Unusually High Sand Level Events Continue on Oregon Beaches
(Oceanside, Oregon) – Much of the summer of 2012 has seen a return of the extraordinarily high sand levels that happened in 2011, but this time they're lasting much longer. Like last year, parts of the Oregon coast had extremely rare access to rock structures normally covered by water – some are usually quite deeply underwater. Normally very dangerous spots in Oceanside, Arch Cape, Depoe Bay, Cannon Beach and others were suddenly quite wide open and safe to wander up to.
The big difference is that last year the phenomenon only last a month or two, but this time around the high sand levels are still present at many of these beaches.
Oceanside is one stellar example. High sand levels have kept the tide line away from normally-dangerous Maxwell Point, the cliff outcropping that dominates the beach in this north Oregon coast village that's about nine miles from Tillamook. This area is only accessible via a tunnel through the cliff, but since July the area has a tide line so far out beyond its usual place that you can easily walk around the point.
All photographs here were taken at Oceanside on Thursday, September 27, showing the marvelous sights still available.
Summer's calm waves allow sand to pile up, and the result is a higher berm – the sandy section of beach between the vegetation line and the tide line. If sand piles up high enough, it begins to form a kind of sand bar that grows outward until it literally pushes the tide much farther out than usual, giving that area an effect like a constant state of extreme low tide event.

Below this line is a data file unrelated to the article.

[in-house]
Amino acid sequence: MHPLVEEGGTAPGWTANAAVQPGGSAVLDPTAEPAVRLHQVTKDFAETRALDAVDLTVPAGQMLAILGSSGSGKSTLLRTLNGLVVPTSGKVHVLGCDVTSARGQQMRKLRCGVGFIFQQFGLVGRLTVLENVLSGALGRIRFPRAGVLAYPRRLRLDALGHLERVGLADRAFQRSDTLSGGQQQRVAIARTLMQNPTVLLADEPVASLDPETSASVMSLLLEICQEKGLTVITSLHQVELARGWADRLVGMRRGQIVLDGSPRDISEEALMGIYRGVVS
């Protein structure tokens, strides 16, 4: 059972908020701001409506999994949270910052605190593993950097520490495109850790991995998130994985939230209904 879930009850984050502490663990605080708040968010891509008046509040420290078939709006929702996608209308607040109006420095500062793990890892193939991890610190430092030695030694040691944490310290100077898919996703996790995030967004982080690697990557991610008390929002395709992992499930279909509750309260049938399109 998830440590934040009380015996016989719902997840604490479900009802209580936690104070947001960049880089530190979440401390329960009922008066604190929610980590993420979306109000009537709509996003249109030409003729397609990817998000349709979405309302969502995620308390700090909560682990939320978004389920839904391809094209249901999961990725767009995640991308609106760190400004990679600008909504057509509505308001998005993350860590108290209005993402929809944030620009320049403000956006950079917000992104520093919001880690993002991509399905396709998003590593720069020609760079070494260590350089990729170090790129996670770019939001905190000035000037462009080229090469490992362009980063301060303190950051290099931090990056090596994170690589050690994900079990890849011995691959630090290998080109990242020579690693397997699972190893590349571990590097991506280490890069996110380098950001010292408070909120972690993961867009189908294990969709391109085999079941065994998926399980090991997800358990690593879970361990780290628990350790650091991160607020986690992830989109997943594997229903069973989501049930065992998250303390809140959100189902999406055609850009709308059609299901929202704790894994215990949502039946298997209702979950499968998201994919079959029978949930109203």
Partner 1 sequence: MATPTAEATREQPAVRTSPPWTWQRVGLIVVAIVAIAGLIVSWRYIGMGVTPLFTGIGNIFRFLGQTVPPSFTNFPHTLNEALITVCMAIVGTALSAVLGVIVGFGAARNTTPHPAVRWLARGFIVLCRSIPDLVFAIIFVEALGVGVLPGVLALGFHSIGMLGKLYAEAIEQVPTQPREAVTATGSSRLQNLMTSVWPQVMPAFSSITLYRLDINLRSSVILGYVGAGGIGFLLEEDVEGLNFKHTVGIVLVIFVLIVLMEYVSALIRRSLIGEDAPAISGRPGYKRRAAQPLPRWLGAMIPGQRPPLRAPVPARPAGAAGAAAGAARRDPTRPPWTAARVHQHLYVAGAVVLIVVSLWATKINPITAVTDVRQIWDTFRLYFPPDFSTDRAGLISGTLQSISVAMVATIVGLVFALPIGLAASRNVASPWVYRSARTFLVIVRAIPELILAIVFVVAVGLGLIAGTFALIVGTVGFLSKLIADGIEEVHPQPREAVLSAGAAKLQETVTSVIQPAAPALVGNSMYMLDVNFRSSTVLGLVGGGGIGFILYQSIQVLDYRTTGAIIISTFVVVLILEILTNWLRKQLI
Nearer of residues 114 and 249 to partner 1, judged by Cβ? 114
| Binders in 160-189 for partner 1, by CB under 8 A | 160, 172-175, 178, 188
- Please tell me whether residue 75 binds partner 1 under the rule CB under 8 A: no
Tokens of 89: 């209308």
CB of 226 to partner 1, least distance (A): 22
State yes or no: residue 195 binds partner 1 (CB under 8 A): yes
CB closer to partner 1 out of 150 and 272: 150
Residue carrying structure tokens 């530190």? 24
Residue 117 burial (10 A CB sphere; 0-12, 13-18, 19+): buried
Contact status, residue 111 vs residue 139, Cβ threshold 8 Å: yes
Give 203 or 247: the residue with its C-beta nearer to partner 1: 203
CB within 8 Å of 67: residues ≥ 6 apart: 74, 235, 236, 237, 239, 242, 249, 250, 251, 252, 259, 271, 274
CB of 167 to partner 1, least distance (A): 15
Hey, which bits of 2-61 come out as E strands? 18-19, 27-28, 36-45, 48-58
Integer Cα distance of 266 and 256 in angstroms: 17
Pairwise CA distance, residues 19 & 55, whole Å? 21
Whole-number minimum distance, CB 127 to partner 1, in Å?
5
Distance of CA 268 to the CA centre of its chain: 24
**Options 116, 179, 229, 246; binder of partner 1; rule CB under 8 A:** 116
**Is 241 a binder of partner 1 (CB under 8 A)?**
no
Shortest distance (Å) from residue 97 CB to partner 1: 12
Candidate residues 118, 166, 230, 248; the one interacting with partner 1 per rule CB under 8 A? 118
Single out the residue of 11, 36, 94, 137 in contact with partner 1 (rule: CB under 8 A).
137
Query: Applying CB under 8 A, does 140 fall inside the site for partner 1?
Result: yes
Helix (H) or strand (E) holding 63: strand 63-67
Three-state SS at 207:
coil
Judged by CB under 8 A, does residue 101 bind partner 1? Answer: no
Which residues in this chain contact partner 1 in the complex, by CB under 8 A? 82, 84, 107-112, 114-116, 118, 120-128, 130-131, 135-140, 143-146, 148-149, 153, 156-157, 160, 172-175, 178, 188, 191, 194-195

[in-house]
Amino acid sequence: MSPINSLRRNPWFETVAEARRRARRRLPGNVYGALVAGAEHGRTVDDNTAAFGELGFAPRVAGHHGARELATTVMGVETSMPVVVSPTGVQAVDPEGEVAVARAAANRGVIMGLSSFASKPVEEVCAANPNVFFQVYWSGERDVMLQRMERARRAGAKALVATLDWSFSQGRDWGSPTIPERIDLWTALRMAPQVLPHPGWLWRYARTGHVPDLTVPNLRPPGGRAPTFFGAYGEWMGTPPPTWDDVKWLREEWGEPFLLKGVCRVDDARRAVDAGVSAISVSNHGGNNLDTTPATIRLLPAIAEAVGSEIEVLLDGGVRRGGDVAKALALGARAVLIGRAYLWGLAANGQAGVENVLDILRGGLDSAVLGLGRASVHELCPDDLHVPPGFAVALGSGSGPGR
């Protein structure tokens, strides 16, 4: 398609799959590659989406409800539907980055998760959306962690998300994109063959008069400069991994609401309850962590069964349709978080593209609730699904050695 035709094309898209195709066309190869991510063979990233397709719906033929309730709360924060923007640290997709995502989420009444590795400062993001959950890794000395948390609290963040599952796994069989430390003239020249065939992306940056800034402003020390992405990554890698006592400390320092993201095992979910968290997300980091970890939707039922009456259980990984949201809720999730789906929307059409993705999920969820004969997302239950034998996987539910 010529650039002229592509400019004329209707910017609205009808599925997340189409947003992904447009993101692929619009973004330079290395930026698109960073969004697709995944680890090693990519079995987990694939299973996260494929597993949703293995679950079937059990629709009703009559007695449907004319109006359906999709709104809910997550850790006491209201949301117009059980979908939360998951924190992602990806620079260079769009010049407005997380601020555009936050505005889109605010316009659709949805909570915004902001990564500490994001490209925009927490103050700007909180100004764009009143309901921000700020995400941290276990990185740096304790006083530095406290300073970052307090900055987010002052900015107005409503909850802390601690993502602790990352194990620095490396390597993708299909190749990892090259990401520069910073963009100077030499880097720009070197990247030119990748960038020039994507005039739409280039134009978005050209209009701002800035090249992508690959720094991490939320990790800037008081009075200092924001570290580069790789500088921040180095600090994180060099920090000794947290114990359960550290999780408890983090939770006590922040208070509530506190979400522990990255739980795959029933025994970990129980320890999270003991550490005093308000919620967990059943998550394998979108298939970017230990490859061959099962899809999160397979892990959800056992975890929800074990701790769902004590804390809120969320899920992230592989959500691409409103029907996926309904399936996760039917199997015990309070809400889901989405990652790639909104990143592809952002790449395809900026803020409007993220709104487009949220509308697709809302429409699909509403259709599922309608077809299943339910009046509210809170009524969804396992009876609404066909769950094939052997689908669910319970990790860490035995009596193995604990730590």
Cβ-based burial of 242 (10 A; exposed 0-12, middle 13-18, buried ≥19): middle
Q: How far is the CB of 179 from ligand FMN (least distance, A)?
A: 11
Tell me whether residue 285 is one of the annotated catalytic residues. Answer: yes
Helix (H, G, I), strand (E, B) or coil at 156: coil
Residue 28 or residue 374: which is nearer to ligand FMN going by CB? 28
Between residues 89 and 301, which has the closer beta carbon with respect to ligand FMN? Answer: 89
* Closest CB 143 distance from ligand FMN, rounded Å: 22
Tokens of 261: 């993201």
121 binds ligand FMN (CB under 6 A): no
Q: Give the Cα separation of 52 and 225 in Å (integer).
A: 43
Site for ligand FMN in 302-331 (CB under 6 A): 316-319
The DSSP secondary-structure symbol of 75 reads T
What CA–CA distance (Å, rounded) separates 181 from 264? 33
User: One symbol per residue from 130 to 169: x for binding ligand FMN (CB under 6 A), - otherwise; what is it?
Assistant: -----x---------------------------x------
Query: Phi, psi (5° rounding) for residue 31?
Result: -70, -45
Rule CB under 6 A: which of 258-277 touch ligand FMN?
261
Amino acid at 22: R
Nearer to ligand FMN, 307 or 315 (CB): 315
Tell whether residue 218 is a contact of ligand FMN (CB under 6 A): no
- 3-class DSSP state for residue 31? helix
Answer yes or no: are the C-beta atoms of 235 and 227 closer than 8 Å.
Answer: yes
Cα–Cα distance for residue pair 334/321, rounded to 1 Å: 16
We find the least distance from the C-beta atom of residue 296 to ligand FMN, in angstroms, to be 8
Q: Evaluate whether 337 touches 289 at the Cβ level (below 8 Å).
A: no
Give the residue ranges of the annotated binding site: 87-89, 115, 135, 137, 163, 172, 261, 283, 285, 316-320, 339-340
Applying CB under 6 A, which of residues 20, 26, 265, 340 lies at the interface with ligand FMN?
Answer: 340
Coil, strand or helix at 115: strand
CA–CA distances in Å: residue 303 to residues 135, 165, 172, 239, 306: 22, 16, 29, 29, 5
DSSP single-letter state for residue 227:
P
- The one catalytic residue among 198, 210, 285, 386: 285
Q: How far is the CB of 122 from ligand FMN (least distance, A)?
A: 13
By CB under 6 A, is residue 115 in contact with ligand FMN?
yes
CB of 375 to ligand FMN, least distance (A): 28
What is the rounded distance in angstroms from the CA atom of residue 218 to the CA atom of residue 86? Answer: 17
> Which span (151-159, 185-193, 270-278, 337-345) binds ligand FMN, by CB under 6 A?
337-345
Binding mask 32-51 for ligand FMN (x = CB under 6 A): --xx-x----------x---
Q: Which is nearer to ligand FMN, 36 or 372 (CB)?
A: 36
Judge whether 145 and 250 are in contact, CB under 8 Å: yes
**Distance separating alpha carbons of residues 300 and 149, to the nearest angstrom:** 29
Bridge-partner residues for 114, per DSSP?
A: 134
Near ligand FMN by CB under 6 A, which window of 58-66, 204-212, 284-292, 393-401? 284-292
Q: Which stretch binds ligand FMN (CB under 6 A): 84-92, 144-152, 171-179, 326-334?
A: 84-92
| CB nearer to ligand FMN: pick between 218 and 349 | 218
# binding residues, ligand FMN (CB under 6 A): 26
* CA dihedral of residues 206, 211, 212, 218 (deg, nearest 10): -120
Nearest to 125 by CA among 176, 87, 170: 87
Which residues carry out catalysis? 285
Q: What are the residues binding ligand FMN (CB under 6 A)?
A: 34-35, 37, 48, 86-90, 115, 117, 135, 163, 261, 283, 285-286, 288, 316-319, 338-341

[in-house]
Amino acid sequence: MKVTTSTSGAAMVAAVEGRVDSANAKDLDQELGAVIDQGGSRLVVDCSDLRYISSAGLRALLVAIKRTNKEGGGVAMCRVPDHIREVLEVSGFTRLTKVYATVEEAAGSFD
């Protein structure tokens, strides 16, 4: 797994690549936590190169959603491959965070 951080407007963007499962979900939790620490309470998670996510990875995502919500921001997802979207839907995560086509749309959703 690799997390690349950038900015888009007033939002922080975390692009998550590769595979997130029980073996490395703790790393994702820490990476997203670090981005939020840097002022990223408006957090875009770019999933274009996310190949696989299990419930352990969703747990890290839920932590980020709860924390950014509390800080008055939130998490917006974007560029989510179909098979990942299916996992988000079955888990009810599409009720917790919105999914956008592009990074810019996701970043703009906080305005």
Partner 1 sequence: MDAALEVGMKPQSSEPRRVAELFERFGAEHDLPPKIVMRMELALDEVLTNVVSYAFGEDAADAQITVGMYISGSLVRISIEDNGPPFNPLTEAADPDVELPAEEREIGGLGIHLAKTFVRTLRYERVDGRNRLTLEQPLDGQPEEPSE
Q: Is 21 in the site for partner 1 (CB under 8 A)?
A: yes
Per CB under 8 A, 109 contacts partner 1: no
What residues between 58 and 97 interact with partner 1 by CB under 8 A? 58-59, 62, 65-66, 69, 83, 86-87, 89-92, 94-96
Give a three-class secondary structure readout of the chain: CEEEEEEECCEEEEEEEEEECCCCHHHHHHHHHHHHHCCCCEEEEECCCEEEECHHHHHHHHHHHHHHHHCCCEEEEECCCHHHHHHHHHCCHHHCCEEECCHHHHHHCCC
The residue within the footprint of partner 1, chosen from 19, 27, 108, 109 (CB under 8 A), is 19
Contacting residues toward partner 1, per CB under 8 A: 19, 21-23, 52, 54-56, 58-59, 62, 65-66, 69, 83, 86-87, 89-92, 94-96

Oceanside's Maxwell Point is usually covered in wild waves and only very rare low tide events allow access around it. At times there has been as much as 50 feet between the point and the tide line over this summer. It's lasted much longer than before as well. In the rare cases sand levels like this occur, they usually disappear after a few weeks. For some unknown reason, ocean conditions have remained calm enough to let this happen more and longer than before, with access to places like Maxwell Point, spots in the Cannon Beach area and other sections of the Oregon coast being not just unprecedented but sticking around past the main summer season and into the early fall.
Even residents of the area are a bit shocked at these sights. Diane Emineth, owner of Sand Lake Country Inn nearby, said she's never seen the tide line like this at Oceanside.
The effect on Oceanside hasn't been consistent. Sand levels dropped and the tides came back over Maxwell Point in September for a while, especially during the slightly stormier weather the Oregon coast had during a few days in the month. Access to Maxwell Point was still there on Thursday – late into September – but it was getting precarious.
If calm conditions stay, this phenomenon could stick around for another week or two or perhaps just a few days, resulting in many favorite beaches with continued incredibly easy access to structures not normally even approachable.
Make sure you keep a close eye on the tide if you decide to check any of these areas out. Be warned that Oceanside's access phenomenon at Maxwell Point seems to be waning. The coming weekend seems to call for continued awesome weather, however, so chances of seeing some of these places in this condition are pretty good. Photos of Oceanside in this state earlier this summer are here.
Above: Oceanside's Maxwell's Point as it normally looks
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